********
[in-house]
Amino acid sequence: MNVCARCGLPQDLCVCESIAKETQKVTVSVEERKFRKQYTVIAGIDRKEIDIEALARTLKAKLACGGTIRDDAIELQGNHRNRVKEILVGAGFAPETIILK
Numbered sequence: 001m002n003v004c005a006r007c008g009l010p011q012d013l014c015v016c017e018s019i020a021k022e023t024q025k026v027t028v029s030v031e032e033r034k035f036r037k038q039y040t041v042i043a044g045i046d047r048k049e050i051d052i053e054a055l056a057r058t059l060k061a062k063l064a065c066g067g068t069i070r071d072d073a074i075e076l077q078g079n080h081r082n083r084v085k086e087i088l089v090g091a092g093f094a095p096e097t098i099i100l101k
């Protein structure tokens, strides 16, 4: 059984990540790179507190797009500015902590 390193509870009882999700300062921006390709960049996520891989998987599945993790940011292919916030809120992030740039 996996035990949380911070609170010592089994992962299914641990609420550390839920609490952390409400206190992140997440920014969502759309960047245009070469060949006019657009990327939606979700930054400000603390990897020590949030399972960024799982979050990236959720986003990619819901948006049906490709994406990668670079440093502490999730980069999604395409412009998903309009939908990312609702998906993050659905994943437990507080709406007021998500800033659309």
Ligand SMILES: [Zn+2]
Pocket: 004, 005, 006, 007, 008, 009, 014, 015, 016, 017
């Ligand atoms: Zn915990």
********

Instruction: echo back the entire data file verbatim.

[in-house]
Amino acid sequence: MNVCARCGLPQDLCVCESIAKETQKVTVSVEERKFRKQYTVIAGIDRKEIDIEALARTLKAKLACGGTIRDDAIELQGNHRNRVKEILVGAGFAPETIILK
Numbered sequence: 001m002n003v004c005a006r007c008g009l010p011q012d013l014c015v016c017e018s019i020a021k022e023t024q025k026v027t028v029s030v031e032e033r034k035f036r037k038q039y040t041v042i043a044g045i046d047r048k049e050i051d052i053e054a055l056a057r058t059l060k061a062k063l064a065c066g067g068t069i070r071d072d073a074i075e076l077q078g079n080h081r082n083r084v085k086e087i088l089v090g091a092g093f094a095p096e097t098i099i100l101k
């Protein structure tokens, strides 16, 4: 059984990540790179507190797009500015902590 390193509870009882999700300062921006390709960049996520891989998987599945993790940011292919916030809120992030740039 996996035990949380911070609170010592089994992962299914641990609420550390839920609490952390409400206190992140997440920014969502759309960047245009070469060949006019657009990327939606979700930054400000603390990897020590949030399972960024799982979050990236959720986003990619819901948006049906490709994406990668670079440093502490999730980069999604395409412009998903309009939908990312609702998906993050659905994943437990507080709406007021998500800033659309």
Ligand SMILES: [Zn+2]
Pocket: 004, 005, 006, 007, 008, 009, 014, 015, 016, 017
């Ligand atoms: Zn915990």